The 2017 Kirkus Prize Finalists

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Walk With Me by Jairo Buitrago, illustrated by Rafael Yockteng, translated by Elisa Amado

"Emotionally resonant in the loveliest of ways. (Picture book. 4-7)” A lion accompanies a child on a walk home during a day in the city in this wistful tale of parental absence. Read full book review.

Me Tall, You Small by Lilli L’Arronge

"This book delights on many levels as it affirms the importance of young children's close relationships.(Picture book. 3-5)” Readers tall and small will recognize themselves between the pages of this book. Read full book review.

Bronze and Sunflower by Cao Wenxuan, translated by Helen Wang, illustrated by Meilo So

"Readers of all ages should be prepared to laugh, cry, and sigh with satisfaction. (historical note, author's note) (Historical fiction. 9-14)” Set during China's Cultural Revolution (1960s-70s), this import follows the trials and tribulations of a poor, rural family. Read full book review.

It All Comes Down to This by Karen English

"A slice of African-American life seldom explored in stories for young people and a must for readers of middle-grade fiction. (Historical fiction. 10-12)” Twelve-year-old Sophie is the younger of two sisters in an upper-middle-class African-American family in 1965 Los Angeles. Read full book review.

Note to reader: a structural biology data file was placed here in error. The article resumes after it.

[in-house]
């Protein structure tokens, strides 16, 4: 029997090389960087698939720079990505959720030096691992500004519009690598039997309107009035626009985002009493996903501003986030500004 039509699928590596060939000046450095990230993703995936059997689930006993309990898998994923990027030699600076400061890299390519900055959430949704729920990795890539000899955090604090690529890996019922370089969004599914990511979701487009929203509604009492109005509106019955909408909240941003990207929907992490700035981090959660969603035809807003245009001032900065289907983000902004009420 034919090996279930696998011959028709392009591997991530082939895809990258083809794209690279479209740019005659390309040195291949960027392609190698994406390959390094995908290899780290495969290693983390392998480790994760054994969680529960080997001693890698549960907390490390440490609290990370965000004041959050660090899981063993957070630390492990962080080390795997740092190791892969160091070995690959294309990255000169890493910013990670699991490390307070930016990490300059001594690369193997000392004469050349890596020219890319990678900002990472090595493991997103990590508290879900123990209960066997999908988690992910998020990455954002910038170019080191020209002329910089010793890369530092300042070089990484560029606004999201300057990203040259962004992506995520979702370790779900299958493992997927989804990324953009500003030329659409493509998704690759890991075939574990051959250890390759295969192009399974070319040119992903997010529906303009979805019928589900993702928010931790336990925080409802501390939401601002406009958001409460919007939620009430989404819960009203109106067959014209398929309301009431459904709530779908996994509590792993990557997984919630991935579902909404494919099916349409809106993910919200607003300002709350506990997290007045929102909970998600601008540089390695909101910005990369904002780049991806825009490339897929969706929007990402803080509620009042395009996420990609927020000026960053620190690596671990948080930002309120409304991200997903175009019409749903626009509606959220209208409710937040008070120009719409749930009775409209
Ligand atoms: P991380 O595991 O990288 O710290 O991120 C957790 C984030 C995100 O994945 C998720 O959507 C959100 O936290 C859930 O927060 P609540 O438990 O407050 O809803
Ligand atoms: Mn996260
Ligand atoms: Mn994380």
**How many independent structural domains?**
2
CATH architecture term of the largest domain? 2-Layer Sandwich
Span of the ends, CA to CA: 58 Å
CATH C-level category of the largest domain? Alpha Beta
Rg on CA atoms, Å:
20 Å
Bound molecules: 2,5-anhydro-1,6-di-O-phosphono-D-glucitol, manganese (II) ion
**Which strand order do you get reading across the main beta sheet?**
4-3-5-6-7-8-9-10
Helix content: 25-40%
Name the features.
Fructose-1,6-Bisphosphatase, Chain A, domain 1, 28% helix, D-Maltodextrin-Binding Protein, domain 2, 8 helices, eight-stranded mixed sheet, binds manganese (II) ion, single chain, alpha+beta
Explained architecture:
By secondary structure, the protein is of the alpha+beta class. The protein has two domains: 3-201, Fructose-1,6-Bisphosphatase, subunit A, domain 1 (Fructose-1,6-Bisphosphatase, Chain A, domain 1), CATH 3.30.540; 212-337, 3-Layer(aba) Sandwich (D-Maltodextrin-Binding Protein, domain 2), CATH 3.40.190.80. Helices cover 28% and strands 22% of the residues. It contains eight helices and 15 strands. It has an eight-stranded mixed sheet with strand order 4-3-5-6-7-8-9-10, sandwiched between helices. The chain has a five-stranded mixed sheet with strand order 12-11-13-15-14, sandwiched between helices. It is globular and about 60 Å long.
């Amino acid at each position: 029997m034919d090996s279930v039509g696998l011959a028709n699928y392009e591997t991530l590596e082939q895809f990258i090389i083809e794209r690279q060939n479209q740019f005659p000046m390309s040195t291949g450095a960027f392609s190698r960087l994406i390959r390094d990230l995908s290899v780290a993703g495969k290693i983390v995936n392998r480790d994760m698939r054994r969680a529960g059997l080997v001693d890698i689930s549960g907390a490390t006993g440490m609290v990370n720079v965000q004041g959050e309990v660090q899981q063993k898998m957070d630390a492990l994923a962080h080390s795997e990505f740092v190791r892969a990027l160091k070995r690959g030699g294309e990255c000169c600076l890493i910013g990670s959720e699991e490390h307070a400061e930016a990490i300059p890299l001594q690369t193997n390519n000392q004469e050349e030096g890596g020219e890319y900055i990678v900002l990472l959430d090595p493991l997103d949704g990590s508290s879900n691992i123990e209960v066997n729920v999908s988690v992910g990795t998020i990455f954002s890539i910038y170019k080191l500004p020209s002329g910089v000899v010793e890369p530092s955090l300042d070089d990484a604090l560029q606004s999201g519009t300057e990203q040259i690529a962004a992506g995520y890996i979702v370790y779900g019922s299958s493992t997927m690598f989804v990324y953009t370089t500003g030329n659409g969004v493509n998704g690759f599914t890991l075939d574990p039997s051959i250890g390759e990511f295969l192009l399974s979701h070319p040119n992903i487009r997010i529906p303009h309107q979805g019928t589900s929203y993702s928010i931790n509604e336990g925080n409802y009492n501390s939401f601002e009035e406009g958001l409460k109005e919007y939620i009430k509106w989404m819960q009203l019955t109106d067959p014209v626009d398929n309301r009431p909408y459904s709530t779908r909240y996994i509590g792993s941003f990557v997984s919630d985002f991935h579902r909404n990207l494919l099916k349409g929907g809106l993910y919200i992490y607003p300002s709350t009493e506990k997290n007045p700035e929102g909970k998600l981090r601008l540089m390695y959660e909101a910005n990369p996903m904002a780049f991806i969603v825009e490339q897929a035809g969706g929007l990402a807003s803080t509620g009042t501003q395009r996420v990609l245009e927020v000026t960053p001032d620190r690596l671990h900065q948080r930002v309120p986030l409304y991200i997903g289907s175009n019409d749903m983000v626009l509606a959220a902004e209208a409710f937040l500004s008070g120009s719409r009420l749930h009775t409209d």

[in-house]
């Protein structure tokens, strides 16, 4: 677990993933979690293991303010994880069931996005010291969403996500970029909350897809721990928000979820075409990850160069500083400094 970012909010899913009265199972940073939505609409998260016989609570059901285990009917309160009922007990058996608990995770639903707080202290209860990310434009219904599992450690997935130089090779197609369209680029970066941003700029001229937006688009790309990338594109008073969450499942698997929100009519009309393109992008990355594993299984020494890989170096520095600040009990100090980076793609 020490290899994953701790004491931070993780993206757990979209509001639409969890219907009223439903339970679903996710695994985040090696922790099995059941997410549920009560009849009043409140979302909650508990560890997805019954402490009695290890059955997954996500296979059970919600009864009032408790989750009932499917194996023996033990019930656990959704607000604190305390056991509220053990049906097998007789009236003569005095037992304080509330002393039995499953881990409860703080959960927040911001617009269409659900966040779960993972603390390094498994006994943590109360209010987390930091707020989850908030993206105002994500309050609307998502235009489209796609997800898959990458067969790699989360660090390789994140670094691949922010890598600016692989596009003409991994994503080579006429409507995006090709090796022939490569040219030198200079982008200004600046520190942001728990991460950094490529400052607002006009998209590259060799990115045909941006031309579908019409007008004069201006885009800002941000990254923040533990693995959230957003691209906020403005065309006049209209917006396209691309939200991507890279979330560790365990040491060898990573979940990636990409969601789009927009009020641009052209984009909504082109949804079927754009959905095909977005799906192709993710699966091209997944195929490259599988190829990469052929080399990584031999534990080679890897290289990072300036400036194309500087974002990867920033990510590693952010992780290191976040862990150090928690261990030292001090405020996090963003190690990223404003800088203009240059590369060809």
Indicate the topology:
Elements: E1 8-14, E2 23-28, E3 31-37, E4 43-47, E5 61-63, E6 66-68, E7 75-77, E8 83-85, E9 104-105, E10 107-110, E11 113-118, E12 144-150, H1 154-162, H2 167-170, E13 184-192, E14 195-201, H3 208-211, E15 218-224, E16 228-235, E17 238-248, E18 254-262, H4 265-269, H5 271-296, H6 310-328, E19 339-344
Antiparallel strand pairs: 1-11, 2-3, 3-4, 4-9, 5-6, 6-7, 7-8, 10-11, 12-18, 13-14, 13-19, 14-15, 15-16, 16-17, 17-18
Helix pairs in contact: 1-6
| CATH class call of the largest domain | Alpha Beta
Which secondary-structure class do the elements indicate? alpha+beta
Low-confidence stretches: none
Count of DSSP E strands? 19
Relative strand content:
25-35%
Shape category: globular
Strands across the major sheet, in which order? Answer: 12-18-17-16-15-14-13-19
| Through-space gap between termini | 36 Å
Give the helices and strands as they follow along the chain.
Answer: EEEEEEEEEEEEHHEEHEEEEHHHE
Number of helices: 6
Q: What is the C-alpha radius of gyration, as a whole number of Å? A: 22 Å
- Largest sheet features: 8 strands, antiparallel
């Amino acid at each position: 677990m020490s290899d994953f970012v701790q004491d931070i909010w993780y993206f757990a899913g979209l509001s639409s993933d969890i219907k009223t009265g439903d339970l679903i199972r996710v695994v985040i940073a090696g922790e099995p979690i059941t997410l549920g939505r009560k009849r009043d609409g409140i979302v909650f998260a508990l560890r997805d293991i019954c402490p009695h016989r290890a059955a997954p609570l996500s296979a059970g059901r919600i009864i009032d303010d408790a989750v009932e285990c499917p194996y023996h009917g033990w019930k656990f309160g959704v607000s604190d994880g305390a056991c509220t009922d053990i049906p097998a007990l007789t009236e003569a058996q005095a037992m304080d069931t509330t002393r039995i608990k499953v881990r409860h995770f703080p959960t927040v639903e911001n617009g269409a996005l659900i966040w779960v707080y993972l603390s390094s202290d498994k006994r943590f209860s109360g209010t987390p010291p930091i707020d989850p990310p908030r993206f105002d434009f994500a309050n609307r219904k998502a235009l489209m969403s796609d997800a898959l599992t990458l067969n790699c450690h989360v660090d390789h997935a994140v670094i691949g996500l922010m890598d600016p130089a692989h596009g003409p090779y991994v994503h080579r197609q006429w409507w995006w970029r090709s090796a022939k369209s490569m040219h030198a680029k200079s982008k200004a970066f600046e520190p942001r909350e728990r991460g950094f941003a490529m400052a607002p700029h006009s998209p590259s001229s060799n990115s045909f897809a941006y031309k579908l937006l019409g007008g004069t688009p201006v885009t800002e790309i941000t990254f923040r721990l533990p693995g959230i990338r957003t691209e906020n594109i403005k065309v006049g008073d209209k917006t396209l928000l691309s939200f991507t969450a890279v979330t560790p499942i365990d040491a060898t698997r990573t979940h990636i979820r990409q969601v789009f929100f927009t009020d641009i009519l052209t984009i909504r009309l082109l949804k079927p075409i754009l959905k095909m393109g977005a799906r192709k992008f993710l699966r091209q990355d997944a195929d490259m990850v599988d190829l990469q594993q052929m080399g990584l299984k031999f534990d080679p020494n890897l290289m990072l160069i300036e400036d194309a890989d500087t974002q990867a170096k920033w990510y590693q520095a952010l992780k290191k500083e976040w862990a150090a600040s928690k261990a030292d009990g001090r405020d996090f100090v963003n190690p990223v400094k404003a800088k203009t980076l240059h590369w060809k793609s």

The Marrow Thieves by Cherie Dimaline

"A dystopian world that is all too real and that has much to say about our own. (Science fiction. 14-adult)” In an apocalyptic future Canada, Indigenous people have been forced to live on the run to avoid capture by the Recruiters, government military agents who kidnap Indians and confine them to facilities called "schools." Read full book review.

The Hate U Give by Angie Thomas

"This story is necessary. This story is important. (Fiction. 14 & up)” Sixteen-year-old Starr Carter is a black girl and an expert at navigating the two worlds she exists in: one at Garden Heights, her black neighborhood, and the other at Williamson Prep, her suburban, mostly white high school. Read full book review.

The Gulf: The Making of an American Sea

"An elegant narrative braced by a fierce, sobering environmental conviction." A sweeping environmental history of the Gulf of Mexico that duly considers the ravages of nature and man. Read full book review.

The Seeds of Life: From Aristotle to da Vinci, from Sharks’ Teeth to Frogs’ Pants, the Long and Strange Quest to Discover Where Babies Come From by Edward Dolnick

"The best sort of science history, explaining not only how great men made great discoveries, but why equally great men, trapped by prejudices and what seemed to be plain common sense, missed what was in front of their noses." A history of the "search for the solution to the sex and conception mystery," focused on the period between 1650 and 1900. Read full book review.

Priestdaddy by Patricia Lockwood

"A linguistically dexterous, eloquently satisfying narrative debut." A noted young poet unexpectedly boomerangs back into her parents' home and transforms the return into a richly textured story of an unconventional family and life. Read full book review.